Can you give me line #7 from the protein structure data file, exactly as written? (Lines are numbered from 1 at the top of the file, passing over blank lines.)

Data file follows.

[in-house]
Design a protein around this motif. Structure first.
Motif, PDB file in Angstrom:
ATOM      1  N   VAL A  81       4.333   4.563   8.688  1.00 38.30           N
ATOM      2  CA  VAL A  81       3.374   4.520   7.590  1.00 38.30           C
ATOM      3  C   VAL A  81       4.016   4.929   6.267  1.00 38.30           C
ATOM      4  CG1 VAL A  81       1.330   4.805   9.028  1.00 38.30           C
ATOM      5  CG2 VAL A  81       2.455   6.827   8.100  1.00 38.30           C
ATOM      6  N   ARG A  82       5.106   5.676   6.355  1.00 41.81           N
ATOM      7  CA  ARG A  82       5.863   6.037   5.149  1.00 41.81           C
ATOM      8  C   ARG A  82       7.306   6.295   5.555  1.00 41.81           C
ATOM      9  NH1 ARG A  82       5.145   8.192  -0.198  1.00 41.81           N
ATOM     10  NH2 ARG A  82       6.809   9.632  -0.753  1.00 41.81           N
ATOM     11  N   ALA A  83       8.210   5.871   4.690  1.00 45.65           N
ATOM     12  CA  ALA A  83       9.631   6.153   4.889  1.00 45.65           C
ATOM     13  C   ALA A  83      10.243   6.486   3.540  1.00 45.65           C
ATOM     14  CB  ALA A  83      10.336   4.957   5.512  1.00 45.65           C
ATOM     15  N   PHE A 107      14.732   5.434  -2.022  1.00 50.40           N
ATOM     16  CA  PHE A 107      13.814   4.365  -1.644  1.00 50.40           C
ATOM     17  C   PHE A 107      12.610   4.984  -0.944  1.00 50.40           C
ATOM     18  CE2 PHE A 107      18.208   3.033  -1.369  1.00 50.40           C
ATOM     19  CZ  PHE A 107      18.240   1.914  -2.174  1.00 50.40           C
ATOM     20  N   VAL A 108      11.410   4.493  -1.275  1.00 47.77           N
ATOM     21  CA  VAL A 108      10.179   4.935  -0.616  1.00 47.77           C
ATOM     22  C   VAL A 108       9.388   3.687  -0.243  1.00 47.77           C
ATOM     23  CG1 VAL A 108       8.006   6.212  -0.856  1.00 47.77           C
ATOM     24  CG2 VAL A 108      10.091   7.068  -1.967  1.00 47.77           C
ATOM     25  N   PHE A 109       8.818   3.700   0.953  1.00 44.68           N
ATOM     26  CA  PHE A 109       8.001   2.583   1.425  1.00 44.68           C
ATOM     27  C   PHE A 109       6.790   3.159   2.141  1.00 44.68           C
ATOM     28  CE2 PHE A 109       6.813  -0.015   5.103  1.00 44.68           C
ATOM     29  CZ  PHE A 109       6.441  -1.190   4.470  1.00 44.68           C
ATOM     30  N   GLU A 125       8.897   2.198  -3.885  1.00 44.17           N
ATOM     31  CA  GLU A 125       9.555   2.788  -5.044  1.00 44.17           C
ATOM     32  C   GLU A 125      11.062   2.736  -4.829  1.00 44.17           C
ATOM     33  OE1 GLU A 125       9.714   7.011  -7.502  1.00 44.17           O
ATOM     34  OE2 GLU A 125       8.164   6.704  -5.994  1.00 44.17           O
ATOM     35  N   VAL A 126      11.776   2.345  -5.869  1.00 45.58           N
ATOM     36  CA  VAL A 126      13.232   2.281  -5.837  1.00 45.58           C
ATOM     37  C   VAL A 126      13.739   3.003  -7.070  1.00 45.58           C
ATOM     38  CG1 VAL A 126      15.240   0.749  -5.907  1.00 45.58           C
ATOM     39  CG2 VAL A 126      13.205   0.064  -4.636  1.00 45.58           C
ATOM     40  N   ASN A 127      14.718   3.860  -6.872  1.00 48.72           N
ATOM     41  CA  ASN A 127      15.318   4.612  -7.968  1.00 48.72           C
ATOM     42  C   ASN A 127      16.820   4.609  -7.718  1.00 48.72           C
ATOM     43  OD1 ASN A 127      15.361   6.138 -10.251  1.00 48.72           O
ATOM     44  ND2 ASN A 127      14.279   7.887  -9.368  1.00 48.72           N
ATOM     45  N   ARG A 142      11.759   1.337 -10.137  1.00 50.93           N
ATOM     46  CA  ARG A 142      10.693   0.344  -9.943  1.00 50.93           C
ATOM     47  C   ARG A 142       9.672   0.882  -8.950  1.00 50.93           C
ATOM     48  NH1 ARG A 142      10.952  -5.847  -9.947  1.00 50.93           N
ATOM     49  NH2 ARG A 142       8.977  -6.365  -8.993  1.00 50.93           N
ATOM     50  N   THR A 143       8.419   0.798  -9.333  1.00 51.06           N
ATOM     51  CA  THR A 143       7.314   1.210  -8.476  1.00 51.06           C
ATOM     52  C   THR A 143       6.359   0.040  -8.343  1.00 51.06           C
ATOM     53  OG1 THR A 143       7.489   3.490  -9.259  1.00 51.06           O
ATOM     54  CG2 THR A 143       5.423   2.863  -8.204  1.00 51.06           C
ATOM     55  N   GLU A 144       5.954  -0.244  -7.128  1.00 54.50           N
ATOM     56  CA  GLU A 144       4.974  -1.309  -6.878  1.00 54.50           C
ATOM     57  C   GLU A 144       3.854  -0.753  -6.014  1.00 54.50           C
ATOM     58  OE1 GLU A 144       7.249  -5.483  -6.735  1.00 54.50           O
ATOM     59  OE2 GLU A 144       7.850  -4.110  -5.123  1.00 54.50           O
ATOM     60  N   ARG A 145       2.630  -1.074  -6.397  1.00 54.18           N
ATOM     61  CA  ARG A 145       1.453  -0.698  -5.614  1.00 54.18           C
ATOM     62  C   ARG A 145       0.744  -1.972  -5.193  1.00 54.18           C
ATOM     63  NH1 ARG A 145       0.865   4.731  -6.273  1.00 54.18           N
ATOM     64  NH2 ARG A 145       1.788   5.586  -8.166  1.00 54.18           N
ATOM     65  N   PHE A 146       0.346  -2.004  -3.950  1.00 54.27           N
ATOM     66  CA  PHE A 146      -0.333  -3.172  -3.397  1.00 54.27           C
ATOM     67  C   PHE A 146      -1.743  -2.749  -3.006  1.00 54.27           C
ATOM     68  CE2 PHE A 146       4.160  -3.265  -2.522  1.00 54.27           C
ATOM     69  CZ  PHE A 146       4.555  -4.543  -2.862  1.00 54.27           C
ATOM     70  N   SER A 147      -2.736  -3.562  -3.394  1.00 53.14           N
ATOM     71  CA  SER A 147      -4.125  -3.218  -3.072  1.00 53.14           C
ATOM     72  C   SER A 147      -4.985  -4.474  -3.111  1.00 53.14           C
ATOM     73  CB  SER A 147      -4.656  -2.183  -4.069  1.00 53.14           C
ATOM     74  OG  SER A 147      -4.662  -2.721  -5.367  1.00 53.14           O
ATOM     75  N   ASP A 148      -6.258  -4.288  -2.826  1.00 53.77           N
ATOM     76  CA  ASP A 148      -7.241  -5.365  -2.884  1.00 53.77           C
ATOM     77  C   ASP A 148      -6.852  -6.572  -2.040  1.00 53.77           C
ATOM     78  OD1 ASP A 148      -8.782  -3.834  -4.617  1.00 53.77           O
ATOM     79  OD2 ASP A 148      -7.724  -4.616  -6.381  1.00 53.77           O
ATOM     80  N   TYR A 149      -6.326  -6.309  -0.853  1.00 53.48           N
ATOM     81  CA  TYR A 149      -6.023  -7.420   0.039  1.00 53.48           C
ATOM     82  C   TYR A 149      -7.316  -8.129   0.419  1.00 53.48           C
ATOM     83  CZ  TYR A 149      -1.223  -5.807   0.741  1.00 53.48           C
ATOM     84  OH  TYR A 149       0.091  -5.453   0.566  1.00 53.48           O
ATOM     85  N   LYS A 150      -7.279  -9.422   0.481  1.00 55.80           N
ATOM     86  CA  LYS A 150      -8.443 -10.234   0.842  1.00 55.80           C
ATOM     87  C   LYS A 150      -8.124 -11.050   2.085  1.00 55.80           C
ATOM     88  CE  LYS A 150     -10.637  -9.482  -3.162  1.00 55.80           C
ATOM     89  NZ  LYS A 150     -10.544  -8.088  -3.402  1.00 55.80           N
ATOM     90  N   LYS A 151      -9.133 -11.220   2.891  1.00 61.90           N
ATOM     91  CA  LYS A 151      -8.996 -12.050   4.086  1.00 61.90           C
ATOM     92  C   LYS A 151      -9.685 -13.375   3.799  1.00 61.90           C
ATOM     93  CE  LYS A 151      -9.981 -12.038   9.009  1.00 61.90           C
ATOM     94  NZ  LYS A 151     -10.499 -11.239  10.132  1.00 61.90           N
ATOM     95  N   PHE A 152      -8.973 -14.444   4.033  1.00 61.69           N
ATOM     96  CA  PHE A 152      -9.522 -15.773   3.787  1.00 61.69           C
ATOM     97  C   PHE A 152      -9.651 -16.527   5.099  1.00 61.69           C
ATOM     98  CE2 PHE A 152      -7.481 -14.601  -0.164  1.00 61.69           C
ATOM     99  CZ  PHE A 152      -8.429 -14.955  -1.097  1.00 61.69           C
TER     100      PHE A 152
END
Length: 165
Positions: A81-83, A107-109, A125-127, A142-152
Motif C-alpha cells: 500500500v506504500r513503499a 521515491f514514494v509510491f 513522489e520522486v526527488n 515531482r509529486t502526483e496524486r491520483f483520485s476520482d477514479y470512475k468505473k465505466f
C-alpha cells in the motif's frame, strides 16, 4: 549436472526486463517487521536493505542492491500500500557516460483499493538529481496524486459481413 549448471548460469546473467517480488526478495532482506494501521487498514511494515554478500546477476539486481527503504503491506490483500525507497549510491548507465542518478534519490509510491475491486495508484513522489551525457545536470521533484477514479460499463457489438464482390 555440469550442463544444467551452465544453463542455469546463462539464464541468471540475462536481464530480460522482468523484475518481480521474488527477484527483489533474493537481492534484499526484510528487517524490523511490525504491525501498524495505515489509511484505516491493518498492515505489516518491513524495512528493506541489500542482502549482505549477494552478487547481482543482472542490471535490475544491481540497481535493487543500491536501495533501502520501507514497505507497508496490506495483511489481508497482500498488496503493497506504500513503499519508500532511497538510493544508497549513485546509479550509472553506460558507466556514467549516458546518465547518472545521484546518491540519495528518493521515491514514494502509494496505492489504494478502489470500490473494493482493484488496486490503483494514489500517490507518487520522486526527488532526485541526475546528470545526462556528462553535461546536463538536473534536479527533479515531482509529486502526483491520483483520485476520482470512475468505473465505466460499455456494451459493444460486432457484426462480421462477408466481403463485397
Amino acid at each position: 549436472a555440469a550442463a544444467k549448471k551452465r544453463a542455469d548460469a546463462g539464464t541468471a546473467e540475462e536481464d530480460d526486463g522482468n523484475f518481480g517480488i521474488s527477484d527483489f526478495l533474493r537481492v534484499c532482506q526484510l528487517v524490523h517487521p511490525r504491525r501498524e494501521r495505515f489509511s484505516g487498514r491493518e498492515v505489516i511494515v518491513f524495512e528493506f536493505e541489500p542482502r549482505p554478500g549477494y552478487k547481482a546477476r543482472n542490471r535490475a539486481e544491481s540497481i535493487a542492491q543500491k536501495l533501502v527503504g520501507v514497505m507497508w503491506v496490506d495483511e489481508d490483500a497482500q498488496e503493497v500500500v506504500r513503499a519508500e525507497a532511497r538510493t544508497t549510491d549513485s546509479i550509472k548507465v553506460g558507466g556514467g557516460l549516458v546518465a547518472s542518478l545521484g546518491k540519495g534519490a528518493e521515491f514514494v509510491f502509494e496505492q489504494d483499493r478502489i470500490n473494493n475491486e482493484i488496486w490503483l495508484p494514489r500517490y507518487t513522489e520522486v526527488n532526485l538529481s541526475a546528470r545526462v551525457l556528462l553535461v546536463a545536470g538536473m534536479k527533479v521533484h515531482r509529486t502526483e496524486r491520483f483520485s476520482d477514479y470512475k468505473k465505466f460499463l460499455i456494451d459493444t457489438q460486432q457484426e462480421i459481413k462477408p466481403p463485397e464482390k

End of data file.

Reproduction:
ATOM      4  CG1 VAL A  81       1.330   4.805   9.028  1.00 38.30           C